Chelsea's core is still the core that won Chelsea's first title in half a century under Jose Mourinho in 2005: Petr Cech, John Terry, Didier Drogba and Lampard. That is partly why successive managers who have tried to change the way Chelsea play have found themselves reverting to the 4-3-3 Mourinho ended up favoring. There is a sense of a cabal of Mourinho loyalists, whether consciously or not, resisting change. It happens at other clubs too: it appears that Mourinho is such a charismatic coach that once players have played for him they struggle to move on. At least one of the four coaches who have come and gone since Mourinho has been ousted because of the discontent of key players.
To have a core like that can be a positive. United has benefited because the likes of Ryan Giggs, Gary Neville and Paul Scholes stayed on as a living embodiment of what could be achieved under Ferguson. They were loyal to him, and that in turn inspired loyalty from others in the dressing room. The problem comes when there is a dislocation between senior players and coach. It is essential to Andre Villas-Boas' project at Chelsea that he either gets that core onside or breaks it up, particularly as, at 33, he is a matter of months older than Lampard and Drogba. The situations of both are complicated by that of Torres.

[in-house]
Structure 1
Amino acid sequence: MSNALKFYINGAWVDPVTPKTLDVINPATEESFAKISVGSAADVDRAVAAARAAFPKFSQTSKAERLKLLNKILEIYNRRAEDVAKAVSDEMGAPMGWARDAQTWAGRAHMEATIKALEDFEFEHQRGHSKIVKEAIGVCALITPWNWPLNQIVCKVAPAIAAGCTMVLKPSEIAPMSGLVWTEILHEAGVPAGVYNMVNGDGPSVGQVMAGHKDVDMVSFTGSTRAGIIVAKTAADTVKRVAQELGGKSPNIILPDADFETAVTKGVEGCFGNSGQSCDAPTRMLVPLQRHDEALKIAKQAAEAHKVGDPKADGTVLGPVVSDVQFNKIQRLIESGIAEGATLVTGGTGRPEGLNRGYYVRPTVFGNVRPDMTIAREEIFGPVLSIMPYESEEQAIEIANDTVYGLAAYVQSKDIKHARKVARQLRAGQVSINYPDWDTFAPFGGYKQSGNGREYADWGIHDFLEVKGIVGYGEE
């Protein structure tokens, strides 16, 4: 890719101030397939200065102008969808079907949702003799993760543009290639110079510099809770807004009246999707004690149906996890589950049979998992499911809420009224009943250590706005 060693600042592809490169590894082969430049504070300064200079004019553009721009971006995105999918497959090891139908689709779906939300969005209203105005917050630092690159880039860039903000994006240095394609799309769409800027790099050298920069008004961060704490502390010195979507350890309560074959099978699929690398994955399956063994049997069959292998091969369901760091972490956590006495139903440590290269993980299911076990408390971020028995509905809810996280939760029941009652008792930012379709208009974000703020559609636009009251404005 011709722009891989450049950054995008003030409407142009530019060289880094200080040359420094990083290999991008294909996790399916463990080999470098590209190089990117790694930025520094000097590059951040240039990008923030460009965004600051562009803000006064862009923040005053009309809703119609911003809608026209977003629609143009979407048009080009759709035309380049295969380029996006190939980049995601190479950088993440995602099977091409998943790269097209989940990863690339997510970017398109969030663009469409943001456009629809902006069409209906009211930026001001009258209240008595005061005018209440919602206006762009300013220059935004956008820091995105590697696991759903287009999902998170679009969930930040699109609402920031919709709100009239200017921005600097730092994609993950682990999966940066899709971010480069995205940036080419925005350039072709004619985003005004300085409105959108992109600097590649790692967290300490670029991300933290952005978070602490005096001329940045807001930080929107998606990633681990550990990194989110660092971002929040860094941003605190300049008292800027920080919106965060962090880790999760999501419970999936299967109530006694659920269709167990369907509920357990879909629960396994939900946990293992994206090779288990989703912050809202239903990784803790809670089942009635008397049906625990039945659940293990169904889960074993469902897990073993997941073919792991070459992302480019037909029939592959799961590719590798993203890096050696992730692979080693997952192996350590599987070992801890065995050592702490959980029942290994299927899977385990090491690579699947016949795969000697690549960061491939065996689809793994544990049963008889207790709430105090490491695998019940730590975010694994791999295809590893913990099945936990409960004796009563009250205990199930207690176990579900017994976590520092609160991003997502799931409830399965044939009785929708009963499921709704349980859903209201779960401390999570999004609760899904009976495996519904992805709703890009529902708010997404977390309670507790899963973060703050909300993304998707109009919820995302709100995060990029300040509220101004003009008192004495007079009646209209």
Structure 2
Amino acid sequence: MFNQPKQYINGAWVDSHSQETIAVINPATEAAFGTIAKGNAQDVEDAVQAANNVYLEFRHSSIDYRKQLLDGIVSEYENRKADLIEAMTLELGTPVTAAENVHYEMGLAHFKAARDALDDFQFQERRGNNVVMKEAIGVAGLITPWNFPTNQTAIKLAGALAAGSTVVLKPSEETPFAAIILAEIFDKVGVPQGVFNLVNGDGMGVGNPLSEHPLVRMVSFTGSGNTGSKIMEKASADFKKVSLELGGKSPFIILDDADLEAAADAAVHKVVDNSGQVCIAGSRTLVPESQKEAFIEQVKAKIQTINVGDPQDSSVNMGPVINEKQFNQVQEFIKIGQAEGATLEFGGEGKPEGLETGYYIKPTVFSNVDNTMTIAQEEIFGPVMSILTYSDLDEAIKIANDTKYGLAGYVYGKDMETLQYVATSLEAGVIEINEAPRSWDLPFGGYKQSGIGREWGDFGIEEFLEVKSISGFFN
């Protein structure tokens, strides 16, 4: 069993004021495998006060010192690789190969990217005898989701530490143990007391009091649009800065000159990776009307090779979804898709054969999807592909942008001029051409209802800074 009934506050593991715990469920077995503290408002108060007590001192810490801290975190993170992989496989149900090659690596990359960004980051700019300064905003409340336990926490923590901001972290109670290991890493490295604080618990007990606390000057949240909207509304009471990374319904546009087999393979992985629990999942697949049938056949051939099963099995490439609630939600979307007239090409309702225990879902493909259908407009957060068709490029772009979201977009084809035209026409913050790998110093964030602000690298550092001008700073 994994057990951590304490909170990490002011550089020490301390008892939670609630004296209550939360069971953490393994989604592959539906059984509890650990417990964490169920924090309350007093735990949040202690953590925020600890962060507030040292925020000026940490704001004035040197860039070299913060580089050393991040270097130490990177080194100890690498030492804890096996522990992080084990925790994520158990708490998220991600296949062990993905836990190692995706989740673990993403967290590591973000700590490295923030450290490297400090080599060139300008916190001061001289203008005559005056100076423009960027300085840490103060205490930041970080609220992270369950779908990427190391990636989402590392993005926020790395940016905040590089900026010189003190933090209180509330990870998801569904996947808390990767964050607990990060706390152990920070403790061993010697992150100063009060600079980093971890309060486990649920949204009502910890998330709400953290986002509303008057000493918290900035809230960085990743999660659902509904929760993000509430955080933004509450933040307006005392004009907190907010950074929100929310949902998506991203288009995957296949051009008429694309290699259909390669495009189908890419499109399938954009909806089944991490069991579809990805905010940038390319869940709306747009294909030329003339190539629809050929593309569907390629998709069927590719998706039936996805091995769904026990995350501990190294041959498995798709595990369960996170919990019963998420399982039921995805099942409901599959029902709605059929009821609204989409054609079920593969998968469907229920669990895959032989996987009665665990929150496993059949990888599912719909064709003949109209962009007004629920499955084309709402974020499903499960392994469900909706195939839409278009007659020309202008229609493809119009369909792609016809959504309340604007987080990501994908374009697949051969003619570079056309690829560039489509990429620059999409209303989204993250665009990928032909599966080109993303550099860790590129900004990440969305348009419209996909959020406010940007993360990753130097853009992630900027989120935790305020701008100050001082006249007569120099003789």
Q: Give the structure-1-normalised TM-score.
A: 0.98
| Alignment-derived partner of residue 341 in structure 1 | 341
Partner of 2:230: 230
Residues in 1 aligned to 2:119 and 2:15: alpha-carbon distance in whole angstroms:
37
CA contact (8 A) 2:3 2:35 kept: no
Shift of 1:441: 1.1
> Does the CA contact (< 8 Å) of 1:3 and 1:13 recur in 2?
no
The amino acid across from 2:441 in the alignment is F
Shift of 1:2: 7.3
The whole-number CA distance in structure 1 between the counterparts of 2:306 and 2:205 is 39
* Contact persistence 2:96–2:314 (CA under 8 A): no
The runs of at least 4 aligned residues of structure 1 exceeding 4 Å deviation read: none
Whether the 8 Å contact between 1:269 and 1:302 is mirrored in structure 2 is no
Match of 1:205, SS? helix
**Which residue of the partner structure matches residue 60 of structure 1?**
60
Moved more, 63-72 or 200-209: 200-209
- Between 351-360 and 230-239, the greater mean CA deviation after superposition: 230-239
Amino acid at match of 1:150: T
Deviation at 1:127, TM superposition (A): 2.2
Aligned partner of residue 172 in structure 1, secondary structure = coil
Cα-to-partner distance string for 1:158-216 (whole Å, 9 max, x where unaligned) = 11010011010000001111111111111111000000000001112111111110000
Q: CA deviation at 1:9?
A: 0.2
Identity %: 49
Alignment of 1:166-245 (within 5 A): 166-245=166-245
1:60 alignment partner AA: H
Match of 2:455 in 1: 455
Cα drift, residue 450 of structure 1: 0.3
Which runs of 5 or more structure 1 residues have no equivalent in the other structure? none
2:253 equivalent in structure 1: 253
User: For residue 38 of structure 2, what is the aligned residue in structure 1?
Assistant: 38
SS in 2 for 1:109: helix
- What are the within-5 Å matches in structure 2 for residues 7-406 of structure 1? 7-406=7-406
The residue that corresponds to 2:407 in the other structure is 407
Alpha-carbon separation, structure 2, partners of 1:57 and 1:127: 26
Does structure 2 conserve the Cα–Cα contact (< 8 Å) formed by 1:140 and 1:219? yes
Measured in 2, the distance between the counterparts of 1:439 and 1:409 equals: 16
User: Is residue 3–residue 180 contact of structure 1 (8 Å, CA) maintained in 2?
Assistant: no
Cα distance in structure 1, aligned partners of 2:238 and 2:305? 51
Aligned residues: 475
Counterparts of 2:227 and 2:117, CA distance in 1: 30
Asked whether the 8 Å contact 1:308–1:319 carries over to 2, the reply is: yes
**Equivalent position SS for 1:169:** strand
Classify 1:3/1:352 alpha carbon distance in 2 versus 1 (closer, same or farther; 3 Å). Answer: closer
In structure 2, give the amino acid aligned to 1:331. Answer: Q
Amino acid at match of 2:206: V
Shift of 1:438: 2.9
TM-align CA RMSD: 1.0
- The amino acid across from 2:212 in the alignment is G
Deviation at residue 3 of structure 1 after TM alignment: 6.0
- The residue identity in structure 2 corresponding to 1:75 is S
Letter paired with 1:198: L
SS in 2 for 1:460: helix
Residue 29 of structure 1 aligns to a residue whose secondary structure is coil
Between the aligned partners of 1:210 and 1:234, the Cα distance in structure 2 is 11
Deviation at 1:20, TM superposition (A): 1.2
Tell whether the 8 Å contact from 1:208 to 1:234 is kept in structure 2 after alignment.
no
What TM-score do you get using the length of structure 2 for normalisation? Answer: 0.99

Whether Torres was designed as a replacement for Drogba or not, that is the role he is now attempting to fulfill. It never seemed likely that the pair would be able to play effectively in tandem, and that was proved when Carlo Ancelotti fielded both last season. So Drogba, at 33, logically becomes a bit-part player, filling in for Torres, or perhaps occasionally coming on for him, with Daniel Sturridge offering a young alternative. But there is an additional issue which is that Drogba and Torres interpret the role of center forward very differently.